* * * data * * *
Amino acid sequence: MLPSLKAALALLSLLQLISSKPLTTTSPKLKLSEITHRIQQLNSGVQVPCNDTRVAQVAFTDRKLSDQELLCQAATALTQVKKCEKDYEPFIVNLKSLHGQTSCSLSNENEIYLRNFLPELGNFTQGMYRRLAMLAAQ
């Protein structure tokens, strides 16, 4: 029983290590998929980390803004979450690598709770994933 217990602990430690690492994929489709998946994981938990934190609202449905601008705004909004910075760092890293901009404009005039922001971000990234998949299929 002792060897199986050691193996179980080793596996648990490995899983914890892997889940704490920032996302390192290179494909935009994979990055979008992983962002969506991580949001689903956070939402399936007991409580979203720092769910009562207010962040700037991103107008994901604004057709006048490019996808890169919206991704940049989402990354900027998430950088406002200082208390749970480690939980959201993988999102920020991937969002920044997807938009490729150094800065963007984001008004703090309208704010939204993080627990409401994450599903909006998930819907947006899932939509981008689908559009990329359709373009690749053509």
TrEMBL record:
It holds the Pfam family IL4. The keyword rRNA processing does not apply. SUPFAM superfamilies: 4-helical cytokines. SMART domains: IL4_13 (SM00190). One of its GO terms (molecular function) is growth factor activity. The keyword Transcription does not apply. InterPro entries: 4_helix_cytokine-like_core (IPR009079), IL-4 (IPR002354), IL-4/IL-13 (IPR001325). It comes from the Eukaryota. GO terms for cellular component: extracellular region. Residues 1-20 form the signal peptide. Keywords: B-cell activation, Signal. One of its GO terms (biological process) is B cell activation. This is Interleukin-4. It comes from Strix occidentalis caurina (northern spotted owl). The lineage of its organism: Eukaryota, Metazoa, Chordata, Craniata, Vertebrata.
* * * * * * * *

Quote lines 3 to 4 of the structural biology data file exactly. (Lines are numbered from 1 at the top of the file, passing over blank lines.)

TrEMBL record:
It holds the Pfam family IL4. The keyword rRNA processing does not apply. SUPFAM superfamilies: 4-helical cytokines. SMART domains: IL4_13 (SM00190). One of its GO terms (molecular function) is growth factor activity. The keyword Transcription does not apply. InterPro entries: 4_helix_cytokine-like_core (IPR009079), IL-4 (IPR002354), IL-4/IL-13 (IPR001325). It comes from the Eukaryota. GO terms for cellular component: extracellular region. Residues 1-20 form the signal peptide. Keywords: B-cell activation, Signal. One of its GO terms (biological process) is B cell activation. This is Interleukin-4. It comes from Strix occidentalis caurina (northern spotted owl). The lineage of its organism: Eukaryota, Metazoa, Chordata, Craniata, Vertebrata.